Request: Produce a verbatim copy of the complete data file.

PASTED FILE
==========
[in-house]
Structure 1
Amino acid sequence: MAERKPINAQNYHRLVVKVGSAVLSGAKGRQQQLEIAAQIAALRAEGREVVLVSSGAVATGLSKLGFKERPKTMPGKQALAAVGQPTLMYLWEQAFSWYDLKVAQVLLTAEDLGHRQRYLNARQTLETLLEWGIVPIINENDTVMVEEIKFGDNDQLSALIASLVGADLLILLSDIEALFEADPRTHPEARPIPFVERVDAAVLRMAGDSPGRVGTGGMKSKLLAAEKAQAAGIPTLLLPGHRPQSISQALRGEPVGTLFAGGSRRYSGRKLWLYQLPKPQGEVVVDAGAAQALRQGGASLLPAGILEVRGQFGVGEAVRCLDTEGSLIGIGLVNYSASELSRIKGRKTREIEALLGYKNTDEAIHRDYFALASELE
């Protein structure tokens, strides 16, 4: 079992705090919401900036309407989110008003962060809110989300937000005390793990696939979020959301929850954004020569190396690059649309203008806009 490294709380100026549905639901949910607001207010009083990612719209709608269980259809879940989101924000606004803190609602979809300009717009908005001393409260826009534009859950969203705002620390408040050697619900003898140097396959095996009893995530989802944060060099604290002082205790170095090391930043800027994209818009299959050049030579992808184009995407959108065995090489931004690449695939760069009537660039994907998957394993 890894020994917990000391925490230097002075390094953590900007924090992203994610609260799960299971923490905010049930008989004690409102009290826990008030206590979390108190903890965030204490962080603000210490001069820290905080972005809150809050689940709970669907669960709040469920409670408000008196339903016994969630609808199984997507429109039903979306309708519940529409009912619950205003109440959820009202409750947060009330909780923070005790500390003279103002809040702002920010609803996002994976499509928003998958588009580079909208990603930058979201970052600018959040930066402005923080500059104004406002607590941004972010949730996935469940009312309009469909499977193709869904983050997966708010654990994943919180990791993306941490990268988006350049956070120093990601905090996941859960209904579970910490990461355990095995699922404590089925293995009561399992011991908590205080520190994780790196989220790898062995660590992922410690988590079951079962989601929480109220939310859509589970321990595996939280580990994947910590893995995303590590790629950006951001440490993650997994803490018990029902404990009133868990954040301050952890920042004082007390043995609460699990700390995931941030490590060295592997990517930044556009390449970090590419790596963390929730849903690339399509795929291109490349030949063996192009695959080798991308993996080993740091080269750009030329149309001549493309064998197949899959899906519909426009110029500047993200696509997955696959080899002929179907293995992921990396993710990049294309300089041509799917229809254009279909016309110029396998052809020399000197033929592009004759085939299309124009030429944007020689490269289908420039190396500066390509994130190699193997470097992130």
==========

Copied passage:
[in-house]
Structure 1
Amino acid sequence: MAERKPINAQNYHRLVVKVGSAVLSGAKGRQQQLEIAAQIAALRAEGREVVLVSSGAVATGLSKLGFKERPKTMPGKQALAAVGQPTLMYLWEQAFSWYDLKVAQVLLTAEDLGHRQRYLNARQTLETLLEWGIVPIINENDTVMVEEIKFGDNDQLSALIASLVGADLLILLSDIEALFEADPRTHPEARPIPFVERVDAAVLRMAGDSPGRVGTGGMKSKLLAAEKAQAAGIPTLLLPGHRPQSISQALRGEPVGTLFAGGSRRYSGRKLWLYQLPKPQGEVVVDAGAAQALRQGGASLLPAGILEVRGQFGVGEAVRCLDTEGSLIGIGLVNYSASELSRIKGRKTREIEALLGYKNTDEAIHRDYFALASELE
């Protein structure tokens, strides 16, 4: 079992705090919401900036309407989110008003962060809110989300937000005390793990696939979020959301929850954004020569190396690059649309203008806009 490294709380100026549905639901949910607001207010009083990612719209709608269980259809879940989101924000606004803190609602979809300009717009908005001393409260826009534009859950969203705002620390408040050697619900003898140097396959095996009893995530989802944060060099604290002082205790170095090391930043800027994209818009299959050049030579992808184009995407959108065995090489931004690449695939760069009537660039994907998957394993 890894020994917990000391925490230097002075390094953590900007924090992203994610609260799960299971923490905010049930008989004690409102009290826990008030206590979390108190903890965030204490962080603000210490001069820290905080972005809150809050689940709970669907669960709040469920409670408000008196339903016994969630609808199984997507429109039903979306309708519940529409009912619950205003109440959820009202409750947060009330909780923070005790500390003279103002809040702002920010609803996002994976499509928003998958588009580079909208990603930058979201970052600018959040930066402005923080500059104004406002607590941004972010949730996935469940009312309009469909499977193709869904983050997966708010654990994943919180990791993306941490990268988006350049956070120093990601905090996941859960209904579970910490990461355990095995699922404590089925293995009561399992011991908590205080520190994780790196989220790898062995660590992922410690988590079951079962989601929480109220939310859509589970321990595996939280580990994947910590893995995303590590790629950006951001440490993650997994803490018990029902404990009133868990954040301050952890920042004082007390043995609460699990700390995931941030490590060295592997990517930044556009390449970090590419790596963390929730849903690339399509795929291109490349030949063996192009695959080798991308993996080993740091080269750009030329149309001549493309064998197949899959899906519909426009110029500047993200696509997955696959080899002929179907293995992921990396993710990049294309300089041509799917229809254009279909016309110029396998052809020399000197033929592009004759085939299309124009030429944007020689490269289908420039190396500066390509994130190699193997470097992130």